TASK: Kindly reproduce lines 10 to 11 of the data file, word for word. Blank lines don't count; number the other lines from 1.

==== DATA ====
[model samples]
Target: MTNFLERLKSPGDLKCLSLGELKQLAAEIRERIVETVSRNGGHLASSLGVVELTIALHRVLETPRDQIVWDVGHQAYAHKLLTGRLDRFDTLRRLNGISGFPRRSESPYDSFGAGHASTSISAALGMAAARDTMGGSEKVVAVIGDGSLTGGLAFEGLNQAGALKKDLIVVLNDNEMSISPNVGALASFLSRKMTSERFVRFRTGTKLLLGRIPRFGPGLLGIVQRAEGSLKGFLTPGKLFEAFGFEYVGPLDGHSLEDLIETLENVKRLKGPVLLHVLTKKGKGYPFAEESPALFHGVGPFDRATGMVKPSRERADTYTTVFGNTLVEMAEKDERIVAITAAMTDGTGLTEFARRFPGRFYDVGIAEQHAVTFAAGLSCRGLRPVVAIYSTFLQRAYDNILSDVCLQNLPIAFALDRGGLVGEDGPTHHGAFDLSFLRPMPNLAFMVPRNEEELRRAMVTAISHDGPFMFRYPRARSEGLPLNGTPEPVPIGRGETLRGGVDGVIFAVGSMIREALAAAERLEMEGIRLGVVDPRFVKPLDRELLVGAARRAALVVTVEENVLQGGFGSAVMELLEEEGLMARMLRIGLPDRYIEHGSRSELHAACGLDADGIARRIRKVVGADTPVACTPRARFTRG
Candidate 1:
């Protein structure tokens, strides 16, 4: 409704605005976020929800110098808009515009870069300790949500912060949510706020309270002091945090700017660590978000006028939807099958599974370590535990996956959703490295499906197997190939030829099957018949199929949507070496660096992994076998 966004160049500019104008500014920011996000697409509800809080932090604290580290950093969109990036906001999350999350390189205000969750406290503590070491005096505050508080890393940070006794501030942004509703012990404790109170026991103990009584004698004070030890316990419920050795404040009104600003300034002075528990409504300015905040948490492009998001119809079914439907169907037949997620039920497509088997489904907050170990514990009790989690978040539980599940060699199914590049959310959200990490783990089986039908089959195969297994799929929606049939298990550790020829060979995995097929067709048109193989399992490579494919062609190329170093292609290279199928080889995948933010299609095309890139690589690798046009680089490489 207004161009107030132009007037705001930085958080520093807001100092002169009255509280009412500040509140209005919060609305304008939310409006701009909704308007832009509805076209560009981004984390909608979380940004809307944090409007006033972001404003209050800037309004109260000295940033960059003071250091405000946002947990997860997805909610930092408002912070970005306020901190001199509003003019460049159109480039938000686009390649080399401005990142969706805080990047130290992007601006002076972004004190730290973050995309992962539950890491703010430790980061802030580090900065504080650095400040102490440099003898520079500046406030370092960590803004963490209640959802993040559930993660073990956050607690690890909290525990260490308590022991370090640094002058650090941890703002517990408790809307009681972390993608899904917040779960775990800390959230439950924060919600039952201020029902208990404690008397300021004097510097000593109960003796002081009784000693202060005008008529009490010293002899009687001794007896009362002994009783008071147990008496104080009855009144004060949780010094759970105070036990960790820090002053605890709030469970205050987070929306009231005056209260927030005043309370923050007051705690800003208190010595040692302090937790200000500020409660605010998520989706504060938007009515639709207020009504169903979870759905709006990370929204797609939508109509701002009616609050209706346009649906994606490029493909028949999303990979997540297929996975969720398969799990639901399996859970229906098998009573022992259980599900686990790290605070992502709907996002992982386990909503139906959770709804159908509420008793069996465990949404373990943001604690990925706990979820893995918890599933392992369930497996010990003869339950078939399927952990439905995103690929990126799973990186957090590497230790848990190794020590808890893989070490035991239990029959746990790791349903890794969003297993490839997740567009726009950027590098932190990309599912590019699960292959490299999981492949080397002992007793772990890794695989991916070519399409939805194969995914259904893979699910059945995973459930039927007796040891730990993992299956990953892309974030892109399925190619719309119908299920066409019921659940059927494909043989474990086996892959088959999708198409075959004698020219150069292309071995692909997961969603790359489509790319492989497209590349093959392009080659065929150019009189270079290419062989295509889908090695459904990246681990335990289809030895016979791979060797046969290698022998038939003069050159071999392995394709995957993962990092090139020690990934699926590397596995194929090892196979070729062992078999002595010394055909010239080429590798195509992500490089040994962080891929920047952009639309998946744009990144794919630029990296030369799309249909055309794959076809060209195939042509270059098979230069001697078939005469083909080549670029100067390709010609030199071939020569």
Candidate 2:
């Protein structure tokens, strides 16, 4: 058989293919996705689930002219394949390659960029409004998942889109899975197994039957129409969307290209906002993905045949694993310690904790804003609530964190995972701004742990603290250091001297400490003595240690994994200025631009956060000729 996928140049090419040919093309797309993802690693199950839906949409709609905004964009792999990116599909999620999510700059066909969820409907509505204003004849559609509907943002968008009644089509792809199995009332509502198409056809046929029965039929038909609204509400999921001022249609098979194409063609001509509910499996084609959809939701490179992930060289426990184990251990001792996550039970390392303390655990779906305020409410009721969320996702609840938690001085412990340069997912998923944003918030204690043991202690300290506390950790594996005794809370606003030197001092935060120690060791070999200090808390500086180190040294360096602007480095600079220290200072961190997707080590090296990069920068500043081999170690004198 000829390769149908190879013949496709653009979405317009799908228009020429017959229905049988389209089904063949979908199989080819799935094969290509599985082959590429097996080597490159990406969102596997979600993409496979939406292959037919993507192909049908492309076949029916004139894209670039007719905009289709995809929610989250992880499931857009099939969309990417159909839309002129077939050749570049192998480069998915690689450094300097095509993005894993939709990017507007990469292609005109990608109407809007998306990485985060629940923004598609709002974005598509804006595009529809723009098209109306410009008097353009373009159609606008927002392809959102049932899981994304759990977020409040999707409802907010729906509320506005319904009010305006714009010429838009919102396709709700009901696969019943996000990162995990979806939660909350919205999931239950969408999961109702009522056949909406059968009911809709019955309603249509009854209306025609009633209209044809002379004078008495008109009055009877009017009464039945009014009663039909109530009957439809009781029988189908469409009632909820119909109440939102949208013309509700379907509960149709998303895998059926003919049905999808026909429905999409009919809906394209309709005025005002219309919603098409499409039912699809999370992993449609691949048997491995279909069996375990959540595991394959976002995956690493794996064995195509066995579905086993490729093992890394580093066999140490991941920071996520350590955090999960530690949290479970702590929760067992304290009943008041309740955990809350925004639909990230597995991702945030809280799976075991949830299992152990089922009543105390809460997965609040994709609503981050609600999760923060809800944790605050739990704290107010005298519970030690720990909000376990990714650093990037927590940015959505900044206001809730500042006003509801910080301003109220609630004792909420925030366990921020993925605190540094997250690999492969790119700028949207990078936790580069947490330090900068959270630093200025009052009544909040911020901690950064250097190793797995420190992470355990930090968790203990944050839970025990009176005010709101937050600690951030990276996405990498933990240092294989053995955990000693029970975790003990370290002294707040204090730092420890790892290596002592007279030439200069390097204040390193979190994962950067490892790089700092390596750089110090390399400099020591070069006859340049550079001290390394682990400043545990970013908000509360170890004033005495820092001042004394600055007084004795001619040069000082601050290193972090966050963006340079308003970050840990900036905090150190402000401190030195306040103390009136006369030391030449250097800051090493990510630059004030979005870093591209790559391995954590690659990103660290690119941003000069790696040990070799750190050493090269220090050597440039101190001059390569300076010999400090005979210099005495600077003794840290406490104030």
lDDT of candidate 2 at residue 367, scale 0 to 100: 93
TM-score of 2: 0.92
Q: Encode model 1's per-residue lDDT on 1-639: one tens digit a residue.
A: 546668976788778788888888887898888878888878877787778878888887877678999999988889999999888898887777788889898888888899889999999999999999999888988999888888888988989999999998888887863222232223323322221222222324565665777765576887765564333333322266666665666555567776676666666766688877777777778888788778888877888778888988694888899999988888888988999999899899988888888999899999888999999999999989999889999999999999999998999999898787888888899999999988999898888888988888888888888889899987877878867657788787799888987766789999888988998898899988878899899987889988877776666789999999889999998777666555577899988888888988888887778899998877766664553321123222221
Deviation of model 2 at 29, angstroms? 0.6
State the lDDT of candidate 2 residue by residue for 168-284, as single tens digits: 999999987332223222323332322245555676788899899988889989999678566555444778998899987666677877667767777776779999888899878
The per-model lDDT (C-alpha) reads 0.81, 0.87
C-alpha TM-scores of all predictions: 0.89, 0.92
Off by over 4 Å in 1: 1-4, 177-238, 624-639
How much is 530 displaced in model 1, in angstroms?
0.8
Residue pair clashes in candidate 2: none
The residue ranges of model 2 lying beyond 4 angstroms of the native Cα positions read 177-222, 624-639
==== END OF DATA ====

A: 546668976788778788888888887898888878888878877787778878888887877678999999988889999999888898887777788889898888888899889999999999999999999888988999888888888988989999999998888887863222232223323322221222222324565665777765576887765564333333322266666665666555567776676666666766688877777777778888788778888877888778888988694888899999988888888988999999899899988888888999899999888999999999999989999889999999999999999998999999898787888888899999999988999898888888988888888888888889899987877878867657788787799888987766789999888988998898899988878899899987889988877776666789999999889999998777666555577899988888888988888887778899998877766664553321123222221
Deviation of model 2 at 29, angstroms? 0.6